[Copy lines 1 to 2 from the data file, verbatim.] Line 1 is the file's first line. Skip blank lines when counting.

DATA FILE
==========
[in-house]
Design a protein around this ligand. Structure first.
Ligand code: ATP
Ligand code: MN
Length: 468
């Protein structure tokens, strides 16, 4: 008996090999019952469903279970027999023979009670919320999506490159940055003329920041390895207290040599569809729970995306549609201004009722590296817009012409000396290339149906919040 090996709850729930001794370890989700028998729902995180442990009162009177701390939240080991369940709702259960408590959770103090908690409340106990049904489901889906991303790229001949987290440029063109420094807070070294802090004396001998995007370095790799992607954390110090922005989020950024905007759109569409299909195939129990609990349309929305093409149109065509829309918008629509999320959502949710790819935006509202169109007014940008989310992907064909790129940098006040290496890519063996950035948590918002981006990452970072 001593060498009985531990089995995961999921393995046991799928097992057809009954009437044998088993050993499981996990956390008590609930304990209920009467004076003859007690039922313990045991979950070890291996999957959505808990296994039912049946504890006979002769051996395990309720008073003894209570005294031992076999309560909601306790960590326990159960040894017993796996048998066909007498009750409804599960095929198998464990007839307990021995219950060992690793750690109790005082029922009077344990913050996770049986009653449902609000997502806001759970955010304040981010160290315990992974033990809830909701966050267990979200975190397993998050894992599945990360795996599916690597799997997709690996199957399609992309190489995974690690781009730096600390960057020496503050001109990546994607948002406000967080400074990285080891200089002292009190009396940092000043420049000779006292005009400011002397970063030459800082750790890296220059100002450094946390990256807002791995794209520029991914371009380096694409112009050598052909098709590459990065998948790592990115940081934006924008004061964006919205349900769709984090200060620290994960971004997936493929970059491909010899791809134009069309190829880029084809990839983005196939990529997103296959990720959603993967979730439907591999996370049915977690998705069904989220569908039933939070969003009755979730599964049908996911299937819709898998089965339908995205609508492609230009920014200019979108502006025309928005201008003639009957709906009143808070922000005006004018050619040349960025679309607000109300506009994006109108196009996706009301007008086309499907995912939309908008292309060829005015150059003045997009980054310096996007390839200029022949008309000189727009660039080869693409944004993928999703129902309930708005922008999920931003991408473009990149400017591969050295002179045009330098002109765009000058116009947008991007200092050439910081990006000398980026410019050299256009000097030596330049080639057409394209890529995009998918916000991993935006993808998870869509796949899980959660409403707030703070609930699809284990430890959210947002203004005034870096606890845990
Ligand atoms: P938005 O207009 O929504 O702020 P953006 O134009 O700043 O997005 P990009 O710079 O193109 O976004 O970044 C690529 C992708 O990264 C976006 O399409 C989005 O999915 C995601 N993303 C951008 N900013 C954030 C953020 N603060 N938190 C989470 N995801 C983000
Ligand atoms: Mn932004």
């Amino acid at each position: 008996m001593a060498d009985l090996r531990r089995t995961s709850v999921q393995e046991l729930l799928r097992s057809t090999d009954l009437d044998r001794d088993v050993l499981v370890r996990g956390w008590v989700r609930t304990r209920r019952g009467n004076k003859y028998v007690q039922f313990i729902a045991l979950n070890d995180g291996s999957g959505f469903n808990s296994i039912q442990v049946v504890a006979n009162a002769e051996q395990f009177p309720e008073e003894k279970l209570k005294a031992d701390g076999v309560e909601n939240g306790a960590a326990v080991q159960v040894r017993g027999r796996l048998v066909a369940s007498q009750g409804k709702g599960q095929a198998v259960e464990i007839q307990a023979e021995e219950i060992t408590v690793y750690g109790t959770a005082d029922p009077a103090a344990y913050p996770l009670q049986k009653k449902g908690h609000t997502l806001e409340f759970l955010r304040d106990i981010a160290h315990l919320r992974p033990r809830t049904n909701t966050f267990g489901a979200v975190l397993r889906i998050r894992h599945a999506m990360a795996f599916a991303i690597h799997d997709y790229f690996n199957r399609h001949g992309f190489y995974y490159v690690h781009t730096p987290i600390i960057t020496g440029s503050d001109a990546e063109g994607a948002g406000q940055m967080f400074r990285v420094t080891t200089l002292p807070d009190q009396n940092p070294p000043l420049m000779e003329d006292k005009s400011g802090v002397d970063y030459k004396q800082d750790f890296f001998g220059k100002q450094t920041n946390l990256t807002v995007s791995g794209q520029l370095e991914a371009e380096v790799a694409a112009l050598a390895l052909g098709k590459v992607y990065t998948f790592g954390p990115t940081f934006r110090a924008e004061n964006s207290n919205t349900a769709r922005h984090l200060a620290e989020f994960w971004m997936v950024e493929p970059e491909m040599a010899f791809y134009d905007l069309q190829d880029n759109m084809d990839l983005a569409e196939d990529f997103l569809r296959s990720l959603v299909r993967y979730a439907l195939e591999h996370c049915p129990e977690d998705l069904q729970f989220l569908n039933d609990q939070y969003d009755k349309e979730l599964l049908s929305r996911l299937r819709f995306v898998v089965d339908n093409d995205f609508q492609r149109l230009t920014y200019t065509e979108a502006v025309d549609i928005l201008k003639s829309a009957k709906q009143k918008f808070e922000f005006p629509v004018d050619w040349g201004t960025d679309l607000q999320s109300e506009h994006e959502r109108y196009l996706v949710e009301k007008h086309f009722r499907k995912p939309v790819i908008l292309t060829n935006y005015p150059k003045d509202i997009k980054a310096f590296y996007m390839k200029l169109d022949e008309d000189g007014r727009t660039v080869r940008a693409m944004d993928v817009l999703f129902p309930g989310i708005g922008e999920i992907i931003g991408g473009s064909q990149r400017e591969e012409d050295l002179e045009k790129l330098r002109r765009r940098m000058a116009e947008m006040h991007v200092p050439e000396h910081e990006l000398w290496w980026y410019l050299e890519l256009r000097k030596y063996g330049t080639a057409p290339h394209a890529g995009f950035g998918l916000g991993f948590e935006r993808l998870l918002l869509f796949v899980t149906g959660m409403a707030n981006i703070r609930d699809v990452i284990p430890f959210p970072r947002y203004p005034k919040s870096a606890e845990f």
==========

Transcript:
[in-house]
Design a protein around this ligand. Structure first.